Architectural Record is an American monthly magazine that is dedicated to architecture and interior design. Published by BNP Media,[2] it is generally considered "The Record" of Architectural History.[3] Throughout its 125 years in print, Architectural Record has fostered readership among architecture, engineering, and design professionals by featuring articles that showcase noteworthy architectural works throughout the global landscape. News, commentary, criticism, and continuing-education sections outline the scope of content. Of note are the glossy, high-quality photos that accentuate the featured projects, an attribute which makes the magazine accessible to the general public as well.

Architectural Record holds a close relationship with the American Institute of Architects (AIA), particularly through the AIA Continuing Education sections offered both in the magazine and on the magazine's website. An underscore of this interrelationship, previous editor-in-chief Robert Ivy now acts as CEO of the AIA.[4]

Organization and History

Architectural Record began publication in 1891 by Clinton W. Sweet, who also published the Real Estate Record and Builders' Guide. Sweet and Frederick Warren Dodge soon formed a partnership. Dodge published an information service for builders and architects, originally in Boston and expanded to New York with the partnership. Together they established Sweet's Indexed Catalogue of Building Construction, a publication intended to be a summary filing of manufacturer's catalogs.[5]

In March 1938, the periodical American Architect and Architecture, first published in 1876, was merged with Architectural Record. This combined the two oldest architectural magazines in the United States.[6]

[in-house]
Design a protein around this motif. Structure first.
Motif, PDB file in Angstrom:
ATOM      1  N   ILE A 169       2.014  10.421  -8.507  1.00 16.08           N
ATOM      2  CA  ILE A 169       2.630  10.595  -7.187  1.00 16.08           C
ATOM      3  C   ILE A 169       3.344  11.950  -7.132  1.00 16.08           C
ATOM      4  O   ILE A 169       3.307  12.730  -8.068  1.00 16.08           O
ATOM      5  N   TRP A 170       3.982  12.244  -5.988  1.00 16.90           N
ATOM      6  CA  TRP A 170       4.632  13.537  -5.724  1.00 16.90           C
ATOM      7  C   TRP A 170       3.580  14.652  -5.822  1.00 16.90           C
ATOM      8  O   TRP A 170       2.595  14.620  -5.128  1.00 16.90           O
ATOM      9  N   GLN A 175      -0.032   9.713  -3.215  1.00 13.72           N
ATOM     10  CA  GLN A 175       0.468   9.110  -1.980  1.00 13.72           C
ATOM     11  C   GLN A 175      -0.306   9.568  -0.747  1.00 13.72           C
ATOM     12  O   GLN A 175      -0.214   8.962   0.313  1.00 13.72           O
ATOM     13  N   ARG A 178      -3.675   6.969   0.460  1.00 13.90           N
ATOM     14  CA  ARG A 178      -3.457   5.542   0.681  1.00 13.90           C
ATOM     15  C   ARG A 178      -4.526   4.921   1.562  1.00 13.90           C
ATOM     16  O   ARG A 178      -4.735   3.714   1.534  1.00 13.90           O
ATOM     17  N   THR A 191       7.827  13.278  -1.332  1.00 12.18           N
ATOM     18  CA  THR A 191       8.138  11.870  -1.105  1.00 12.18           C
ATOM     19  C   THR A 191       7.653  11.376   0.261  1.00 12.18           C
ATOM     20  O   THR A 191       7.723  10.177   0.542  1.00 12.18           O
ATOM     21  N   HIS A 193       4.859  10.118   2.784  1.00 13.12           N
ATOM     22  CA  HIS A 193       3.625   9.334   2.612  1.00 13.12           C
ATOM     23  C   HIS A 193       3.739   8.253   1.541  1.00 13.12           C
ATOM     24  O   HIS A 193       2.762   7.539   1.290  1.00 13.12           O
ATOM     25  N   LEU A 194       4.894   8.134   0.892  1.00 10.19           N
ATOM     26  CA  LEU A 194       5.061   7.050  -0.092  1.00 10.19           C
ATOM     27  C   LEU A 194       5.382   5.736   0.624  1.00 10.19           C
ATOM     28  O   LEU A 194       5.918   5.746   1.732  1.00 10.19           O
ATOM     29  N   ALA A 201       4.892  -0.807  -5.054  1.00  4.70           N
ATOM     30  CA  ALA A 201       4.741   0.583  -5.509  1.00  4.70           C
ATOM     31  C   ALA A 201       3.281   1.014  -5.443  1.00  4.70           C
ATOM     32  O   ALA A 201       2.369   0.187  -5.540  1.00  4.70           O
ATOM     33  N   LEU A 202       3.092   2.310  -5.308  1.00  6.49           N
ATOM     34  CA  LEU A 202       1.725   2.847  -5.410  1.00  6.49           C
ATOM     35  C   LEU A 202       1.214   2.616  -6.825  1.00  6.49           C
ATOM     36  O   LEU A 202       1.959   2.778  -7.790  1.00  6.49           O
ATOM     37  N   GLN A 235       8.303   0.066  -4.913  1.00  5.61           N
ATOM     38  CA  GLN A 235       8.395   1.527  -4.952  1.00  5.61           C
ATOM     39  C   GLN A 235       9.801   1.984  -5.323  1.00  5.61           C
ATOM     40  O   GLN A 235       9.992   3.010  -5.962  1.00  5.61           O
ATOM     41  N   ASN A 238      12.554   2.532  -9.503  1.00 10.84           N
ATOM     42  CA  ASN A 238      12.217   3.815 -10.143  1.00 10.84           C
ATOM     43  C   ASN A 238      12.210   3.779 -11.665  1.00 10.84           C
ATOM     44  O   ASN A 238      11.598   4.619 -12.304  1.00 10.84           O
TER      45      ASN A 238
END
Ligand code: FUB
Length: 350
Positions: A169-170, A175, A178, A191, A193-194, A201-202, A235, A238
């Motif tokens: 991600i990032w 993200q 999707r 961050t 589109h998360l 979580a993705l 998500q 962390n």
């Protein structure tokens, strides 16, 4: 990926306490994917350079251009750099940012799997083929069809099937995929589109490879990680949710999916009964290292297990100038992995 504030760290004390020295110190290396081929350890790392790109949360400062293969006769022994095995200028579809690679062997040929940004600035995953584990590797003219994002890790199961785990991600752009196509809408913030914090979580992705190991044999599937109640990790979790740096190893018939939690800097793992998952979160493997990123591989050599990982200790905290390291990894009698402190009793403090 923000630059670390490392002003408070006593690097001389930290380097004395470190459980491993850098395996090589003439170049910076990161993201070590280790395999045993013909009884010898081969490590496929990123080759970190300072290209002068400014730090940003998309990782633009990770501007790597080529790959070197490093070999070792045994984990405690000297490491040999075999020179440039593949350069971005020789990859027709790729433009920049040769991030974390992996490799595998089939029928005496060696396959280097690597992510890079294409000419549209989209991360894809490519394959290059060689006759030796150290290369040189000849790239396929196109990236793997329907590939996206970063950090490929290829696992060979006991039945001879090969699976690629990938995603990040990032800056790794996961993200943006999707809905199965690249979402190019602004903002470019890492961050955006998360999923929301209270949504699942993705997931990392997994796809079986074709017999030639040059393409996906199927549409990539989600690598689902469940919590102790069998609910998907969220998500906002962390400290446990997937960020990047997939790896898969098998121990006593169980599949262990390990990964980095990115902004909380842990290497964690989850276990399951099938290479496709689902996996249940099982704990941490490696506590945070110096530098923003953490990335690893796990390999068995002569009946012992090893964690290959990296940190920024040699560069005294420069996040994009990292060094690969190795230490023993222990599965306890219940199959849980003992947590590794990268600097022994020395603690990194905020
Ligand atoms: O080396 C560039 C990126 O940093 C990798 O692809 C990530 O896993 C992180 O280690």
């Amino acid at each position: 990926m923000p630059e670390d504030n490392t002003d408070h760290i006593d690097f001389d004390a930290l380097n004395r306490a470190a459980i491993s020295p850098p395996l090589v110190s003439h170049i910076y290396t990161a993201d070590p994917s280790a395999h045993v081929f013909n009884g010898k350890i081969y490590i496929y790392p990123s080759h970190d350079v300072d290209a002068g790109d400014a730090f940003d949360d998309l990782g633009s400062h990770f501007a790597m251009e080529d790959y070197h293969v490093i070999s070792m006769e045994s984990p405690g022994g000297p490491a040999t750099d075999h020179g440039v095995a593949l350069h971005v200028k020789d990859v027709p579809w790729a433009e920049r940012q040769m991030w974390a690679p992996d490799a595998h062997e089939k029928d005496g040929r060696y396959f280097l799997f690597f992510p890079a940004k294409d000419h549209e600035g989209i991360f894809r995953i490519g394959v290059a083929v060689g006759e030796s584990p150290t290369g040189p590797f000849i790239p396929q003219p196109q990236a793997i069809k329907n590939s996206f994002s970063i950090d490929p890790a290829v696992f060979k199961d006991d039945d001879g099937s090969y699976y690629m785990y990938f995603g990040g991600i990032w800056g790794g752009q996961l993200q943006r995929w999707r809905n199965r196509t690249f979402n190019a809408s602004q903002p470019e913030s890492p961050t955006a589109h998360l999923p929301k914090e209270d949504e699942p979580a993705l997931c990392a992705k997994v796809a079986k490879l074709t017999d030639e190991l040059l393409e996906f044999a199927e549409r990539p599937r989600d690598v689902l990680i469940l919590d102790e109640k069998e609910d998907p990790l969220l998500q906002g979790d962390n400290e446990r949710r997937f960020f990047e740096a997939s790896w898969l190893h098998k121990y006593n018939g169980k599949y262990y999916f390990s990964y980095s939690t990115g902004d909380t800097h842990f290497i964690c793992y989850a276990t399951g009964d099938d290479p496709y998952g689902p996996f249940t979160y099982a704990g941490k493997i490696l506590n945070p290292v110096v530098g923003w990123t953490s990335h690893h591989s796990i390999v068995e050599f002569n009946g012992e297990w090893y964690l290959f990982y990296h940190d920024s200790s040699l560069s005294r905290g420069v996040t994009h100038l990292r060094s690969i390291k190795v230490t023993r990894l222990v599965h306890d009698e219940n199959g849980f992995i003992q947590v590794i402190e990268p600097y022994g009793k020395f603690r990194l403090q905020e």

Sweet's Catalog and Architectural Record became part of F. W. Dodge Corporation in 1912.[7] McGraw Hill acquired F. W. Dodge in 1961.[8] McGraw-Hill divested the subsidiary McGraw-Hill Construction to Symphony Technology Group for US$320 million on September 22, 2014.[9] The sale included Engineering News-Record, Architectural Record, Dodge and Sweet's.[10] McGraw-Hill Construction has been renamed Dodge Data & Analytics.[2]

The editorial offices are located in Manhattan in the Empire State Building.[2]

The Wild Men of Paris

Leading up to 1910 Gelett Burgess interviewed and wrote about avant-garde artists and artworks in and around Paris. The result of Burgess' investigation, The Wild Men of Paris, was published in the May 1910 issue of Architectural Record; after his visit to the 1910 Salon des Indépendants, the anti-establishment art exhibition in Paris one year before the scandalous group exhibition that brought Cubism to the attention of the general public. An important painting by Pablo Picasso, Les Demoiselles d'Avignon, was reproduced in this article; one of the first mentions of the founders of Cubism, Pablo Picasso, Georges Braque and Jean Metzinger to appear in the American press. Other important works were reproduced by Henri Matisse, Auguste Herbin and André Derain.[13][14]